Lithium coin-cell batteries Predicting an application lifetime




Abstract: The typical specification for lithium coin-cell batteries has been to provide a 10-year battery
lifetime in the absence of system power. End users should evaluate the anticipated lifetime in their
specific application, especially for those that exceed typical commercial environments or that need to last
more than 10 years. This article gives the reader an overview of the major factors affecting the lifetime
of an IC that can be powered by either the system power or a lithium battery for a backup supply.
Maxim builds a large number of products that incorporate lithium coin-cell batteries to provide nonvolatile
(NV) memory or real-time clock (RTC) functionality in the absence of system power. The typical
specification for these products has been to provide a 10-year battery lifetime in the absence of system
power. Because of end-application uncertainties, the lifetime prediction is conservative.
End users should evaluate the anticipated lifetime in their specific application, especially for applications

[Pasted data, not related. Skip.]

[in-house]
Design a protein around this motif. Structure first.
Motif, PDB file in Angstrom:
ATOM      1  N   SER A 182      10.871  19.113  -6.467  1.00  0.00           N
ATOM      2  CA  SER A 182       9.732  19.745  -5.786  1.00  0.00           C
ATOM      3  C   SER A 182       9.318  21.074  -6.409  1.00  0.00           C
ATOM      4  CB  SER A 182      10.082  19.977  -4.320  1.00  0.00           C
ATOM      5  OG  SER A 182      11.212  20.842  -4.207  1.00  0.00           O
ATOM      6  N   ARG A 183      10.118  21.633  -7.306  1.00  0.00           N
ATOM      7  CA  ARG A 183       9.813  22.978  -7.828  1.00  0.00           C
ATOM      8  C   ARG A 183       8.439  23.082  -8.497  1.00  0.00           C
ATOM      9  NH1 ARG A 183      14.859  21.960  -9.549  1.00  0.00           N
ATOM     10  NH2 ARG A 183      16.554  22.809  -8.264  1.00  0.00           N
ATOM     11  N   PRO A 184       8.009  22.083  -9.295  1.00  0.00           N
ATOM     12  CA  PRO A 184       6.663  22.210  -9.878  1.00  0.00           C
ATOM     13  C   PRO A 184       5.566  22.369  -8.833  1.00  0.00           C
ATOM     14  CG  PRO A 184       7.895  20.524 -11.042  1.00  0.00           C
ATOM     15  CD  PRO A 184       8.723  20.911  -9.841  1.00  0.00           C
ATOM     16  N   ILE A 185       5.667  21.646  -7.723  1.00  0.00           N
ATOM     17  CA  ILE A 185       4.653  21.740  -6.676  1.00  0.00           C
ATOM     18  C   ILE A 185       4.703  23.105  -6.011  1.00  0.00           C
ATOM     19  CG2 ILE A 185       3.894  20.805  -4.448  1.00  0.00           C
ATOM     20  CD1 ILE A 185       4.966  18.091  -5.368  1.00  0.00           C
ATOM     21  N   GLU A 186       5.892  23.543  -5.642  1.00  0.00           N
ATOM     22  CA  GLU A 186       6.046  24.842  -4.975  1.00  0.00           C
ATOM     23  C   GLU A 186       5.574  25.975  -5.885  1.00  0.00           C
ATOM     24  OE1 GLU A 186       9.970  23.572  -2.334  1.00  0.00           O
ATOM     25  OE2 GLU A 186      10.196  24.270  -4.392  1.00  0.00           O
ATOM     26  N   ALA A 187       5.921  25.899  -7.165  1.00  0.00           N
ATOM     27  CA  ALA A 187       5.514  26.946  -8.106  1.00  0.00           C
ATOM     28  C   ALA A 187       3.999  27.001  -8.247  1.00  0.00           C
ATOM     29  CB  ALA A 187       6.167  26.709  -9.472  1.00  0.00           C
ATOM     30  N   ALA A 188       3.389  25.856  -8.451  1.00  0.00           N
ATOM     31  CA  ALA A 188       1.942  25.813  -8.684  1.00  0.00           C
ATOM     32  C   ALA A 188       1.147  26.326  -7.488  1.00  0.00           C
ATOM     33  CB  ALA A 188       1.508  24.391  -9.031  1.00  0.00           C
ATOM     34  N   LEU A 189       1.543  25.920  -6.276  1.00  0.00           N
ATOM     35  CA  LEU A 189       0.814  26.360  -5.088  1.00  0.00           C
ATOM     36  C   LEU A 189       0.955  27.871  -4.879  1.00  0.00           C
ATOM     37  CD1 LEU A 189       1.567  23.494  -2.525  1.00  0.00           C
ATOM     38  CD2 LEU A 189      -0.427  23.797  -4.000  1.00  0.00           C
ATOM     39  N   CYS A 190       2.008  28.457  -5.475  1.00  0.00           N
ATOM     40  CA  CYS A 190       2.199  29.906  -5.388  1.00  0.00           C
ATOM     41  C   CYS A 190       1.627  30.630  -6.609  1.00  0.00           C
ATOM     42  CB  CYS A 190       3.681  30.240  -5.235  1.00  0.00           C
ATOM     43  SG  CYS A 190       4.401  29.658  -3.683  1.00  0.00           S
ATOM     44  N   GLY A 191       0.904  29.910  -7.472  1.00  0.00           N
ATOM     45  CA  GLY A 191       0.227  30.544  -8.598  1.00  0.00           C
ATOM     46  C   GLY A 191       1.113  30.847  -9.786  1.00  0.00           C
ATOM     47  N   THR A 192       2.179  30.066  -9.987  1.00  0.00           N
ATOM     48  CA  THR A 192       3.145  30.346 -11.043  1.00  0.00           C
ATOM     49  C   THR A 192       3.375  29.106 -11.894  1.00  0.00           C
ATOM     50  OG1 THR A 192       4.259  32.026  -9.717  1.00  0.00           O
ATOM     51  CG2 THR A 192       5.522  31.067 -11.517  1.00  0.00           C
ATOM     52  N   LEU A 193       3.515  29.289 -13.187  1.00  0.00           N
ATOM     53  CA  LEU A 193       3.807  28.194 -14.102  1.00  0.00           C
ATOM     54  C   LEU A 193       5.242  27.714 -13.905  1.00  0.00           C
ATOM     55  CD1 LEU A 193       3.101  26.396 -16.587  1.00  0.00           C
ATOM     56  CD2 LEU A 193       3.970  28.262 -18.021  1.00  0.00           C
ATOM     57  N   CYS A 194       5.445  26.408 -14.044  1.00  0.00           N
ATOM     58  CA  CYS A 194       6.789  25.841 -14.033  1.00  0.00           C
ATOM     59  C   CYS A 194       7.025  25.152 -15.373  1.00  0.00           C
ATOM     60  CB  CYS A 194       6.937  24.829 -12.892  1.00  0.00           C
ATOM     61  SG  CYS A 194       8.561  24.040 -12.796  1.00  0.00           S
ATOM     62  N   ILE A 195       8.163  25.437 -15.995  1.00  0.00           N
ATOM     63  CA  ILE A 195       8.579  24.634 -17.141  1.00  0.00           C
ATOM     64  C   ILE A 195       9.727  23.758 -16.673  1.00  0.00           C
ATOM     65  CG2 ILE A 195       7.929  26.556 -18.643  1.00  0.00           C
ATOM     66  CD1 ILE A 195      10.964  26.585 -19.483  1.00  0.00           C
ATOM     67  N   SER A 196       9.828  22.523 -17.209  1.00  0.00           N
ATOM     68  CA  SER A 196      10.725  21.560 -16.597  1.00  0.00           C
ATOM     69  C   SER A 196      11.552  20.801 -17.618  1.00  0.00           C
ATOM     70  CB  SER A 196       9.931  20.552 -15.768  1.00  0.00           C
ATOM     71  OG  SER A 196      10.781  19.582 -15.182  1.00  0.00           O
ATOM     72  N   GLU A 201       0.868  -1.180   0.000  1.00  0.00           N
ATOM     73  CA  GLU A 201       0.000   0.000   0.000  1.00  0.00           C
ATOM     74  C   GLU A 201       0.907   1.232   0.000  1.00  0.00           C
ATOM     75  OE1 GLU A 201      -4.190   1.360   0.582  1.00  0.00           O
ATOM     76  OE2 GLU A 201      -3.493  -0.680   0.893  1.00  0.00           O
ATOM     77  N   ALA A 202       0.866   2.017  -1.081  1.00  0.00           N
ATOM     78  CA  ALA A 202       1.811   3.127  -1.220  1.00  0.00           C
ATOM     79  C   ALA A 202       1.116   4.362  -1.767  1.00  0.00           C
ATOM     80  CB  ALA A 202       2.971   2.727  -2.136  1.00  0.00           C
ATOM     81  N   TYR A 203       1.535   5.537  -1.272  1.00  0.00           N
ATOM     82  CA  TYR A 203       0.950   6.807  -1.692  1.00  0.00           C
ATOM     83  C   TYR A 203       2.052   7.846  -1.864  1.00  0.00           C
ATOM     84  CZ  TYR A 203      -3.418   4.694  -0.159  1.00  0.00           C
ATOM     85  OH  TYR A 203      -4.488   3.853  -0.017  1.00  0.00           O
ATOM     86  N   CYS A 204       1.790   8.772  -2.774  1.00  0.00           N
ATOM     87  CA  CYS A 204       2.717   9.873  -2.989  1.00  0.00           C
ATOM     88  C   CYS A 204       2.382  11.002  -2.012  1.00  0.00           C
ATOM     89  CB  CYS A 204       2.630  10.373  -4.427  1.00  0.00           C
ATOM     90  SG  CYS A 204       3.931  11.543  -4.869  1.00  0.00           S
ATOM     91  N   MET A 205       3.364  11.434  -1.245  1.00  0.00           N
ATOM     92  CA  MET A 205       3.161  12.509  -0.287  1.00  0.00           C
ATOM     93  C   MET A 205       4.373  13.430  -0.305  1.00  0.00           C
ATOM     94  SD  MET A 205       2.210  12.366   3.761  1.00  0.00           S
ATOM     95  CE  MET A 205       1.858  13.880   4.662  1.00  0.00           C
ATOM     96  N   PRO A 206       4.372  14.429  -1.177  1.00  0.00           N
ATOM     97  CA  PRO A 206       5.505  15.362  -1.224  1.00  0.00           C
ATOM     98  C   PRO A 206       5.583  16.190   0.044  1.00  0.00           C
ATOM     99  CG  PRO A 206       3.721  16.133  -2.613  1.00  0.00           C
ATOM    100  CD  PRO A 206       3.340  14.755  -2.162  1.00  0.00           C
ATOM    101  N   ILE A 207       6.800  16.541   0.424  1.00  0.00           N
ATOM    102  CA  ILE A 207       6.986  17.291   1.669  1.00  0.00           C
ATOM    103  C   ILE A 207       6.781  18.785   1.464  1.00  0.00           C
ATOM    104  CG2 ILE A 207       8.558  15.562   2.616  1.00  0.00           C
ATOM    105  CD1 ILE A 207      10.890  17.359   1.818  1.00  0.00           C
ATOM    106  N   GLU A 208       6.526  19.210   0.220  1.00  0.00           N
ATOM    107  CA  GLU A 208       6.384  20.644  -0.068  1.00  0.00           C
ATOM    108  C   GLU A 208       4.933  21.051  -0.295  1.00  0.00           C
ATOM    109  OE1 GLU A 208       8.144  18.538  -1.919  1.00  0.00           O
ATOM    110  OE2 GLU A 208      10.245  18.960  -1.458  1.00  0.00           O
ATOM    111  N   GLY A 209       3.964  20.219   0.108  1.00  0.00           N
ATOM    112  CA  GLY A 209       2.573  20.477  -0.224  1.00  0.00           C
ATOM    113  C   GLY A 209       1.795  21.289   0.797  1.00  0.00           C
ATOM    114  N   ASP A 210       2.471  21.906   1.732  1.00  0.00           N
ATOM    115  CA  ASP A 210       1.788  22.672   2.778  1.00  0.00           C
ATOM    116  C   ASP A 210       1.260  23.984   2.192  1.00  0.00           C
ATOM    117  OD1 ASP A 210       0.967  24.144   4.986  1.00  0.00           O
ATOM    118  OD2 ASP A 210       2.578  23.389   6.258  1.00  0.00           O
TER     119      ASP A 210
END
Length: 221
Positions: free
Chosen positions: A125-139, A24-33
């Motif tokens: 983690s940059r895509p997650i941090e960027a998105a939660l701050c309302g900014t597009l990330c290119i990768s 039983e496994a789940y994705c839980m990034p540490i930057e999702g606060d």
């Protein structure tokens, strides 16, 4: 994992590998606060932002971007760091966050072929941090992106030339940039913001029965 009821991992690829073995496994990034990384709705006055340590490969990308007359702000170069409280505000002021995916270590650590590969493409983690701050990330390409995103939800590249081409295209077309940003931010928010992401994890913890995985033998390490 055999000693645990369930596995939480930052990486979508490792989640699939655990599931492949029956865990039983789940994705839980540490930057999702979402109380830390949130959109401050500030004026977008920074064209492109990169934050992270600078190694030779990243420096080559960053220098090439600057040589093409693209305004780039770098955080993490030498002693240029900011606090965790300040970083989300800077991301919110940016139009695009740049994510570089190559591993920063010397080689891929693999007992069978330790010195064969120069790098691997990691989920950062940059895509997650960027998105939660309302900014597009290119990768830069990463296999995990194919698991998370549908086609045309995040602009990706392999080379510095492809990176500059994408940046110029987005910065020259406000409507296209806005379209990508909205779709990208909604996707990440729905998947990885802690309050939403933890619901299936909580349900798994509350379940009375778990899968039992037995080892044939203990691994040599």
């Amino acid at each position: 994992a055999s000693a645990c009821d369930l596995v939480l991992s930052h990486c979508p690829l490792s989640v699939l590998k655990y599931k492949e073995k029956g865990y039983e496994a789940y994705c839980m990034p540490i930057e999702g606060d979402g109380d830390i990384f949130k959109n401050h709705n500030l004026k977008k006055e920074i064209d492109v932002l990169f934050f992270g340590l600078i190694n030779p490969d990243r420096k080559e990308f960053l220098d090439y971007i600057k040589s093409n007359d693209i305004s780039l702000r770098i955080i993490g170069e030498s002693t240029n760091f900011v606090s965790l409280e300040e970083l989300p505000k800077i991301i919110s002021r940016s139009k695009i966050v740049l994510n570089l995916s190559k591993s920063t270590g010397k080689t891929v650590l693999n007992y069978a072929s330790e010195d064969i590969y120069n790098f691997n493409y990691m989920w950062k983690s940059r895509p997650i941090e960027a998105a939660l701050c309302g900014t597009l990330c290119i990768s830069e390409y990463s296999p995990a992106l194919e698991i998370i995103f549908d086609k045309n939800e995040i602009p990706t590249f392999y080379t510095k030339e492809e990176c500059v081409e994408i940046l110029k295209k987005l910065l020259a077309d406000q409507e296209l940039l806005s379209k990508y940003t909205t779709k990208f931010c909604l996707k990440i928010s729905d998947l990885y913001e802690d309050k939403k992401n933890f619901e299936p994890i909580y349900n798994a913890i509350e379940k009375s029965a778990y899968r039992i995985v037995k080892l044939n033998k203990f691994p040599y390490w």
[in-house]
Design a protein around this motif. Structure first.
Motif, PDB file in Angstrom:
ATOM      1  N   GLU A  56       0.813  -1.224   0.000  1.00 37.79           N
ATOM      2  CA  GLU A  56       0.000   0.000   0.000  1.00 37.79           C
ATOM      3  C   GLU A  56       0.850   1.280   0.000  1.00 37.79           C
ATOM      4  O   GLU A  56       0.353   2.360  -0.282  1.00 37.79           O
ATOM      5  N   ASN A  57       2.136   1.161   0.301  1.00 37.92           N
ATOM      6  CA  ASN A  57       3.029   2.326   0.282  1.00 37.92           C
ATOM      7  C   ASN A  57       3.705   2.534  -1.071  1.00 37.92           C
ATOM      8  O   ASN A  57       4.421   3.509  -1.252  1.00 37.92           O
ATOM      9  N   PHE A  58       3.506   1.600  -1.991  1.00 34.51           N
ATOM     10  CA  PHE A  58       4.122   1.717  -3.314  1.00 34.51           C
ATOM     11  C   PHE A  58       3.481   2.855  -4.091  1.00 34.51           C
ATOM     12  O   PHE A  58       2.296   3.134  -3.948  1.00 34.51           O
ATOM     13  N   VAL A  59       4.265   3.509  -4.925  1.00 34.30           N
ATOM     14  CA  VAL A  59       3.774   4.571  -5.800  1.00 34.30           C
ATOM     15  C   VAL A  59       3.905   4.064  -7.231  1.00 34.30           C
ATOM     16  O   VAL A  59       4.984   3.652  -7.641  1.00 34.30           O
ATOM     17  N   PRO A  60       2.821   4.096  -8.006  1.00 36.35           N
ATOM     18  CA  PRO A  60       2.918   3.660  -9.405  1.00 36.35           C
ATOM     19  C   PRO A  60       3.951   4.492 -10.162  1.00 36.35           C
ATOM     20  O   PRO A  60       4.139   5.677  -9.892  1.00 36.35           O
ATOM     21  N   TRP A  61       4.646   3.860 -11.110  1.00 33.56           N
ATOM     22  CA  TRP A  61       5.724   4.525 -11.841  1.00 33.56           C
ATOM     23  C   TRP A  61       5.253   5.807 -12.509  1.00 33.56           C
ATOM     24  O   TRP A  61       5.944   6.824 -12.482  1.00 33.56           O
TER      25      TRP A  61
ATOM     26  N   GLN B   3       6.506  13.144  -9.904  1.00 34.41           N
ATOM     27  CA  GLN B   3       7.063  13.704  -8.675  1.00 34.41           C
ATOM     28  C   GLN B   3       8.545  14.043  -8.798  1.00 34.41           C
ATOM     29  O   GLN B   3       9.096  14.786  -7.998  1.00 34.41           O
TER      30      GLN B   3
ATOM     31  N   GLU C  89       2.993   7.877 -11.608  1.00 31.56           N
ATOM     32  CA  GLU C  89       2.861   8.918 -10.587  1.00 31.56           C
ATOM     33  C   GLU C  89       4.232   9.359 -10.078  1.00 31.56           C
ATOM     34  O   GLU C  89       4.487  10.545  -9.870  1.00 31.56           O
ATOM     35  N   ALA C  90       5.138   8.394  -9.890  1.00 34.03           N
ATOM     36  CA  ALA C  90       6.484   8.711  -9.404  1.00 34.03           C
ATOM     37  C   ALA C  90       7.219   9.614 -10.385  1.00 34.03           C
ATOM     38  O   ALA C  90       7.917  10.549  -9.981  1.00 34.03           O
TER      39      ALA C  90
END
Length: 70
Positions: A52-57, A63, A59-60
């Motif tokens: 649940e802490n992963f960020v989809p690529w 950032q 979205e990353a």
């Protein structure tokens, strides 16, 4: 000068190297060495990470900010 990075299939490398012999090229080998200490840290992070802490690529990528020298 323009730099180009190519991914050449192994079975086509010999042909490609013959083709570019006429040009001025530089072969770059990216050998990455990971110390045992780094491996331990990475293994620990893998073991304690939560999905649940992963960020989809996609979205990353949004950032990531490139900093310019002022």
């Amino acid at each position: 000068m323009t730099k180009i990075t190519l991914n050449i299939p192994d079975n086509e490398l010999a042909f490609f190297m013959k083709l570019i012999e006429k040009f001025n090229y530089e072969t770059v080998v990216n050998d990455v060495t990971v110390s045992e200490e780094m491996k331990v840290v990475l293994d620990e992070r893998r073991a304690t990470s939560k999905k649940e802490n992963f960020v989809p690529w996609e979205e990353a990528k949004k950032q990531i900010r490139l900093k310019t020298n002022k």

that exceed typical commercial environments or that need to reach lifetimes beyond 10 years. An
understanding of the reliability model is also beneficial for users opting to purchase discrete battery
controllers and combine them with a battery, rather than purchasing the module product containing the
controller and battery. This article gives the reader an overview of the major factors affecting the lifetime
of an integrated circuit (IC) that can be powered by either the system power or a lithium battery for a
backup supply.
Lithium coin-cell batteries Predicting an application lifetime




Why Battery Backup?

There are several alternatives for data retention while the system is powered off. Battery-backed SRAMs
are a reliable alternative when the read-write speed or number of cycles is important. Flash or EEPROM
also provide NV data storage, but at the cost of simplicity or speed. The major disadvantage of battery-
backed SRAM is that the battery is a consumable. Therefore, the product selection must consider the
available charge within the battery to determine the end product’s lifetime. For devices that need to
maintain time in the absence of system power, some form of electrical energy needs to be available to
maintain a crystal oscillator. This current demand is well suited to being maintained by a battery.

READ  DIY Lithium Battery Charger Shield for Arduino

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